The House Intel Committee report on its controversial Russia investigation is out — here are the big points
The House Intelligence Committee, led by its Republican chairman, Rep. Devin Nunes, on Friday released a report detailing its findings in its Russia investigation, ending the panel's politically charged probe.
It said Russia was responsible for carrying out cyberattacks against the US, disseminating hacked emails stolen from the Democratic National Committee, and launching a social media disinformation campaign — findings that mostly echo parts of the US intelligence community's assessment of Russia's interference in the 2016 election.
But the committee's conclusions about whether Donald Trump's presidential campaign colluded with Moscow left out critical context and painted an incomplete picture of the scope of the campaign's contacts with Russians.
The full report echoed many of the findings that Republicans on the committee released in March.
Meanwhile, Democrats on the committee vehemently disagreed with the full report's conclusions.
Among other things, the committee's report claims:
- The so-called Steele dossier “formed an essential part” of the Justice Department's application to surveil a former Trump campaign aide.
- Though the former national security adviser Michael Flynn pleaded guilty to making false statements to the I during a January 2017 interview, investigators “did not detect any deception” during it.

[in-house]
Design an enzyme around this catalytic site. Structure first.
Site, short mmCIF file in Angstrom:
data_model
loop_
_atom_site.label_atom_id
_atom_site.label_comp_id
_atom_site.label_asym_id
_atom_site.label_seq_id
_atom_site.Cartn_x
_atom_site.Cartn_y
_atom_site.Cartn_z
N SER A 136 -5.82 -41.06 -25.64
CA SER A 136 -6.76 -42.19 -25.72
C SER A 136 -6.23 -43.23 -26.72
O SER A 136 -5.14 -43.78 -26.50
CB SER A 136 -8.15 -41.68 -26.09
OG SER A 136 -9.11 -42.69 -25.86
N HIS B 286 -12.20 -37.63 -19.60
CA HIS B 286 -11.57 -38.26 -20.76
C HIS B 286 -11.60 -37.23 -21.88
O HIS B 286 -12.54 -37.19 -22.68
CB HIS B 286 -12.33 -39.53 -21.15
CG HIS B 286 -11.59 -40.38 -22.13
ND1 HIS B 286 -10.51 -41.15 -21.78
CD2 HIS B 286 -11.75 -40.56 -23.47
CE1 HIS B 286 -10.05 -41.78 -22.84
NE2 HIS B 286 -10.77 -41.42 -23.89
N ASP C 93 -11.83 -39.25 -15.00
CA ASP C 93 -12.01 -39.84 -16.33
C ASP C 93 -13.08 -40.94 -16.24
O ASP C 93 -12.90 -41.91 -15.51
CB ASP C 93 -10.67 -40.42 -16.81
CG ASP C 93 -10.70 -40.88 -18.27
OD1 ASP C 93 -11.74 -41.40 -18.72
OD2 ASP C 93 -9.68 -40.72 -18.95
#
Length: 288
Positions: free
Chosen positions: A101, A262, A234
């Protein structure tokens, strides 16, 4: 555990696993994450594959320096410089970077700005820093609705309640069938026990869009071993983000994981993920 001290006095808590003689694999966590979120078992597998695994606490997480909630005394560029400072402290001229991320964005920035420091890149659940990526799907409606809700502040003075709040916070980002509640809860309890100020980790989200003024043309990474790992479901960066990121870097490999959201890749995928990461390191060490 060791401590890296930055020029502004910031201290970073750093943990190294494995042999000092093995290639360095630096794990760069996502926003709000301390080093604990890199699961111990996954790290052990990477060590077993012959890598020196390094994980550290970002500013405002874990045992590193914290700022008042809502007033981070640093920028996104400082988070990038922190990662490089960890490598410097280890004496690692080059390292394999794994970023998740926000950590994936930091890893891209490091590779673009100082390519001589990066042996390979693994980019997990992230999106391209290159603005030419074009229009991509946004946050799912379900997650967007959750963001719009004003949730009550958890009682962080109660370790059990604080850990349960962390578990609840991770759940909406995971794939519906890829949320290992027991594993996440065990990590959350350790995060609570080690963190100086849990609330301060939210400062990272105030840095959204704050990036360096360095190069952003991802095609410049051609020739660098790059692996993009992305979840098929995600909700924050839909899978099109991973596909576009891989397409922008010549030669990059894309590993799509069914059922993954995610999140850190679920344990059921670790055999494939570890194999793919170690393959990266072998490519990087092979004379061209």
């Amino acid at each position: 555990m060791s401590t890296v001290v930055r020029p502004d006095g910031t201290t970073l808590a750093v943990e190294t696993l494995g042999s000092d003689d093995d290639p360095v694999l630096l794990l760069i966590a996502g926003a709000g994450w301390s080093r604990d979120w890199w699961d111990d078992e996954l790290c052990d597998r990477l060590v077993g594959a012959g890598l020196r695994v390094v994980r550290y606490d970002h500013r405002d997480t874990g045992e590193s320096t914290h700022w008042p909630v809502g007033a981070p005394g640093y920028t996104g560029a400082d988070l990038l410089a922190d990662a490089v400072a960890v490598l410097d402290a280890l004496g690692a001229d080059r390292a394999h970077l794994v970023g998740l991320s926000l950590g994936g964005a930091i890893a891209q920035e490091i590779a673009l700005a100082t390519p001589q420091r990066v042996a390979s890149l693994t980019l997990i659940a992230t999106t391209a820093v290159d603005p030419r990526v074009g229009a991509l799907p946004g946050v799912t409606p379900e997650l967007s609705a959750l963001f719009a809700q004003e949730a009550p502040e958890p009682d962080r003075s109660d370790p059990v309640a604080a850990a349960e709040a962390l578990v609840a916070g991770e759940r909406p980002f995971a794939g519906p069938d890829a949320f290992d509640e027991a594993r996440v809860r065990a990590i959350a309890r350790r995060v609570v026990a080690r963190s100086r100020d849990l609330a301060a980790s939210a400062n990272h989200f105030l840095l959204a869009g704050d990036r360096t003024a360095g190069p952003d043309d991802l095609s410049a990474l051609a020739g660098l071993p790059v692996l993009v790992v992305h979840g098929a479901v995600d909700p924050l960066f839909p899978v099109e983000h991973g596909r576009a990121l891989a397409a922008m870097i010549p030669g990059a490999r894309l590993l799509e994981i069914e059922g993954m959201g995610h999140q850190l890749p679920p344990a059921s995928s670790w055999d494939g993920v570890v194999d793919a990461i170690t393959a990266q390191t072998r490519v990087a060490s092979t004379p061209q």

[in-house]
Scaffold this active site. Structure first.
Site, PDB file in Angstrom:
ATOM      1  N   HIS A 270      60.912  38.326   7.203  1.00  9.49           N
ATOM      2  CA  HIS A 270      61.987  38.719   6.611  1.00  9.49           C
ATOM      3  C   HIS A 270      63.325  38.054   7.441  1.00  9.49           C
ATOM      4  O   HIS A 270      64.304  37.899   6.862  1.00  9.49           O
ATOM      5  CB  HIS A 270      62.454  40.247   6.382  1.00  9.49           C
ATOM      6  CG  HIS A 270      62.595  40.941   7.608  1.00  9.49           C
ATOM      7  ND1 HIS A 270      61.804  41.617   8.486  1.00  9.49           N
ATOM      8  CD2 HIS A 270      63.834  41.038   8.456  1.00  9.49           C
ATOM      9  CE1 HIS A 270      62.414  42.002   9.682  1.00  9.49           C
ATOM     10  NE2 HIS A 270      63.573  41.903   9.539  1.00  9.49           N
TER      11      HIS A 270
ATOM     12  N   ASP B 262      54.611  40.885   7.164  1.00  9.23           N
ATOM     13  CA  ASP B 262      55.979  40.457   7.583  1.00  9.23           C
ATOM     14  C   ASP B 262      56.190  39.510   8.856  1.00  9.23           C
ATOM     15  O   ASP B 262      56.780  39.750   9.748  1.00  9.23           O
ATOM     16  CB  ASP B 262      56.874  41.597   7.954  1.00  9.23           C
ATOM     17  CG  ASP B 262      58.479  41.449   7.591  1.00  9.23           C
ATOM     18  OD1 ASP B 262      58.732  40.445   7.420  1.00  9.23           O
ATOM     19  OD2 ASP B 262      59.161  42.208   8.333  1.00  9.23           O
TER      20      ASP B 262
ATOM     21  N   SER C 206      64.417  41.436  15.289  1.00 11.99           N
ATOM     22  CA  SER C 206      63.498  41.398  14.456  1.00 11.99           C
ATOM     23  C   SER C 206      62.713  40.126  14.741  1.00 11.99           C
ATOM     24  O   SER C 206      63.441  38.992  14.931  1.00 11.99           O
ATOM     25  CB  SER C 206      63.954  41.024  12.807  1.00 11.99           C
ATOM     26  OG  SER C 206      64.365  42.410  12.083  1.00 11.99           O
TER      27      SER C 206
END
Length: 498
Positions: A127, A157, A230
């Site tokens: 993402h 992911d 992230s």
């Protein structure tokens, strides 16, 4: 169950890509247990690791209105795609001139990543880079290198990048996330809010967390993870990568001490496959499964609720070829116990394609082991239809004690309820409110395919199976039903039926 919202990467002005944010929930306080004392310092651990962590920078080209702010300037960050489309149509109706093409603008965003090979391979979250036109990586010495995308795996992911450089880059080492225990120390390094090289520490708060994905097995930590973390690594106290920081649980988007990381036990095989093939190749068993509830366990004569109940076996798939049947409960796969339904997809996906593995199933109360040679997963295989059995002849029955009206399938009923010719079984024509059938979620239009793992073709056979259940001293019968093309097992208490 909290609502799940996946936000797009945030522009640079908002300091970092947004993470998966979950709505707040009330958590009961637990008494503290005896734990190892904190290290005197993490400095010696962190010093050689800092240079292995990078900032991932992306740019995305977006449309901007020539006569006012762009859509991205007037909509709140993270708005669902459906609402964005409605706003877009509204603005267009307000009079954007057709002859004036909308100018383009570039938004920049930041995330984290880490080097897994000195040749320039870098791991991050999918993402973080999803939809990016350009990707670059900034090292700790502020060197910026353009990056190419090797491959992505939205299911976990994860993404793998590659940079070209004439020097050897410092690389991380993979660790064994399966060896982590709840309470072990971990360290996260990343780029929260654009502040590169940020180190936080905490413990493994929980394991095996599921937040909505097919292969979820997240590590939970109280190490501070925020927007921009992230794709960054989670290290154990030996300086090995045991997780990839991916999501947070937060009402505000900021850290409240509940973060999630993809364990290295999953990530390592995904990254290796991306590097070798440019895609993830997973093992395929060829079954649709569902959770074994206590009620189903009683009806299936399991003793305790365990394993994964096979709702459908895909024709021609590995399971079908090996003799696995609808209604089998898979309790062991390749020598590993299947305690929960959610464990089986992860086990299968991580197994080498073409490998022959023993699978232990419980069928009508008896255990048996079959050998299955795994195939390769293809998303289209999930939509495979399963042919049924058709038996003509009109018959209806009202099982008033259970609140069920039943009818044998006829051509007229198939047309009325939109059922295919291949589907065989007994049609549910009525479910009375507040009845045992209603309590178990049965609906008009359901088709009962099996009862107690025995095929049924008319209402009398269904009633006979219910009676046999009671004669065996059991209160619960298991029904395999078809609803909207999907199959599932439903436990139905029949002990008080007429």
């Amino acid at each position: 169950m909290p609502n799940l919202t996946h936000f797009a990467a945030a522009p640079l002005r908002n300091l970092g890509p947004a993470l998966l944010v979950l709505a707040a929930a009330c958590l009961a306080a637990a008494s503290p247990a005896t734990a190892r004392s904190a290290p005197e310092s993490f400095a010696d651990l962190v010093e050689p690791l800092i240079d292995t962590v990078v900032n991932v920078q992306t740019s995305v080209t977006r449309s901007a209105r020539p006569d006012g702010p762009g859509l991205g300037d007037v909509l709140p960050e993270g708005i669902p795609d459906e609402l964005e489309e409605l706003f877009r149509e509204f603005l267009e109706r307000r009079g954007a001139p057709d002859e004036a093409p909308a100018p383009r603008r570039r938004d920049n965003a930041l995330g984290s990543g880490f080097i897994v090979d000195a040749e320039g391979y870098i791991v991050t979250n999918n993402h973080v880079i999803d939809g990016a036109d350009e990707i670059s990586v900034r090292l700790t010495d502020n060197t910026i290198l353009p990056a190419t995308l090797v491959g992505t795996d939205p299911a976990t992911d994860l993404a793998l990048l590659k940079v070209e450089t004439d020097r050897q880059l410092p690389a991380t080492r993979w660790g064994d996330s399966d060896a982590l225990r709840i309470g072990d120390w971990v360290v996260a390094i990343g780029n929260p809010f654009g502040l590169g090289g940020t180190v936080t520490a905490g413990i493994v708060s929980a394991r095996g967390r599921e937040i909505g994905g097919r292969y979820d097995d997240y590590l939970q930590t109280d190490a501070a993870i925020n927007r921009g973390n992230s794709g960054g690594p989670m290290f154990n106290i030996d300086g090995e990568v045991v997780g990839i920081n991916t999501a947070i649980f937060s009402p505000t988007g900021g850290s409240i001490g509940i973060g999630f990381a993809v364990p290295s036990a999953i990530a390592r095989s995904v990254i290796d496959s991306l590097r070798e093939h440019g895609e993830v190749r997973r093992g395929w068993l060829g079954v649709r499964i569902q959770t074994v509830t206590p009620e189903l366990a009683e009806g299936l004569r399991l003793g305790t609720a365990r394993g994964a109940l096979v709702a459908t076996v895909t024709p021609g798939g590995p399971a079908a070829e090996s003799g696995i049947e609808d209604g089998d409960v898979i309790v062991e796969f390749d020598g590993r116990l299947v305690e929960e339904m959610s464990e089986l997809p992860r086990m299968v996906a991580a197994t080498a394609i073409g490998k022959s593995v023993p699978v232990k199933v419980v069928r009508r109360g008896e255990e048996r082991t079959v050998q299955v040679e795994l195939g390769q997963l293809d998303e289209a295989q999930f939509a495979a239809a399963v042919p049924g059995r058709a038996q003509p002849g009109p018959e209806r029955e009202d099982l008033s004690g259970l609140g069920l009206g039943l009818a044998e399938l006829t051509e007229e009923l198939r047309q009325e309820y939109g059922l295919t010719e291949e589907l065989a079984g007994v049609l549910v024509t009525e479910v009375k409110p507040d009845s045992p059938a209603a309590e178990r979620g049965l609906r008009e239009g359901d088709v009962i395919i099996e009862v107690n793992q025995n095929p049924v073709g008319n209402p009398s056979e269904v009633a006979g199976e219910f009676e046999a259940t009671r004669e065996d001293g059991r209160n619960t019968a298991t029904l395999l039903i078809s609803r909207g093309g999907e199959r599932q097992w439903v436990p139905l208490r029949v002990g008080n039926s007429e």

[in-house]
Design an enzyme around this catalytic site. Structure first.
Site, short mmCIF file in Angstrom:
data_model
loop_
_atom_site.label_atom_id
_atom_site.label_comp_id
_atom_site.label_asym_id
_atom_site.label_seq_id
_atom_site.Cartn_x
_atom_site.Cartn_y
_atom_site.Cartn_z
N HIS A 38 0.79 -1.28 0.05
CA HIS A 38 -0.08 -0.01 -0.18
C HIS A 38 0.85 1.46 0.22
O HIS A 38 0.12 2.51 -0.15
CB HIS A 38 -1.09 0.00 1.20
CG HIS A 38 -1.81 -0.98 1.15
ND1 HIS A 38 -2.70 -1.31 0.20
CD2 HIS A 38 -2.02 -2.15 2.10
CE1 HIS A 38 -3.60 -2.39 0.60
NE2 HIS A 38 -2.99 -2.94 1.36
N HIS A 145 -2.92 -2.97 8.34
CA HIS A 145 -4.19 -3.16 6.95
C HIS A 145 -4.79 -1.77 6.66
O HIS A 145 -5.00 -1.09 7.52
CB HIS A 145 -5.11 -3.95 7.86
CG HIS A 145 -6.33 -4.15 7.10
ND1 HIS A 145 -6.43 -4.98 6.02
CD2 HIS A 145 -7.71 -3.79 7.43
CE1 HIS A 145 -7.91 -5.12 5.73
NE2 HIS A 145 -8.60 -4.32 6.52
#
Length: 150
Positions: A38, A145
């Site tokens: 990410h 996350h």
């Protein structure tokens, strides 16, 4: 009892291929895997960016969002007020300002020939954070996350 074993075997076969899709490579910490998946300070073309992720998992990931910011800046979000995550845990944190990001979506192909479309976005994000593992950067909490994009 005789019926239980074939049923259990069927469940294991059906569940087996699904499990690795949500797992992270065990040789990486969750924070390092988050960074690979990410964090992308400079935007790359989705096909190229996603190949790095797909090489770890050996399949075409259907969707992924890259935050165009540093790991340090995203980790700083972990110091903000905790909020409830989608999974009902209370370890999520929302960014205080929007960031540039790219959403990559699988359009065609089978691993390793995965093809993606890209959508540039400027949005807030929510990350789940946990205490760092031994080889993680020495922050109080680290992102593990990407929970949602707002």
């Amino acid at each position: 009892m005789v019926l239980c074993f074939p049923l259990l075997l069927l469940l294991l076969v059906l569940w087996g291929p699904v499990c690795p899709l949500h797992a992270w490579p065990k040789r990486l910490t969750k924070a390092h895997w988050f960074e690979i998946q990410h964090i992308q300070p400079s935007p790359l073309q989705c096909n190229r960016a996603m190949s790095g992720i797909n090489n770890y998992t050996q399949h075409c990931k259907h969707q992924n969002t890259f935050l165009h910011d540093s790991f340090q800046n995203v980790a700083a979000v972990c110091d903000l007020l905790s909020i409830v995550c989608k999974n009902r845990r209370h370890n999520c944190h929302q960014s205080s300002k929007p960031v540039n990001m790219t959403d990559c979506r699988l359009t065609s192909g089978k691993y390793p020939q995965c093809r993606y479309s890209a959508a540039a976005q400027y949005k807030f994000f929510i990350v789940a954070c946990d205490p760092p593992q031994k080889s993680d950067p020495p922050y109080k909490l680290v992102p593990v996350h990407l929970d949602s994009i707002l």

- None of the witnesses who testified before the committee provided evidence of “collusion, coordination, or conspiracy” between the Trump campaign and Russia.
- There was “no evidence” that Trump's business dealings before the campaign “formed the basis for collusion” during it.
- Paul Manafort, the former Trump campaign chairman, was not indicted on charges related to collusion.
- A controversial change to the GOP's platform during the campaign that called for watering down the US's aid to Ukraine to fend off Russian aggression signified a stronger position toward Russia.
- The I launched its Russia investigation information it received about a Trump campaign foreign-policy aide named George Papadopoulos.
- Attempts by Papadopoulos to facilitate meetings between Trump and Russia during the campaign were unsuccessful.
- Donald Trump Jr.
attended a meeting in June 2016 at Trump Tower with two Russian lobbyists offering him dirt on Hillary Clinton, the 2016 Democratic presidential nominee, but did not ultimately receive the material.
- Trump Jr.
met with a Russian government official — believed to be the Russian politician and banker Alexander Torshin — during the National Rifle Association's 2016 convention but did not discuss the US election.
- None of the meetings between Trump associates and Russian government representatives amounted to evidence of “collusion, coordination, or conspiracy” with Russia.
- Russia's efforts to set up a “back channel” of communication with the Trump team after the election indicates there was no collusion during the race.
- Fusion GPS, the opposition-research firm that produced the Steele dossier, once also worked for Russian interests.
- Fusion GPS was hired by a law firm representing Democrats and the Clinton campaign.
- The special counsel Robert Mueller's indictment in February of the Internet Research Agency, a Russian troll farm that spread disinformation ahead of the election, indicates that Russian actors wanted to “spread distrust towards the candidates and the political system in general.”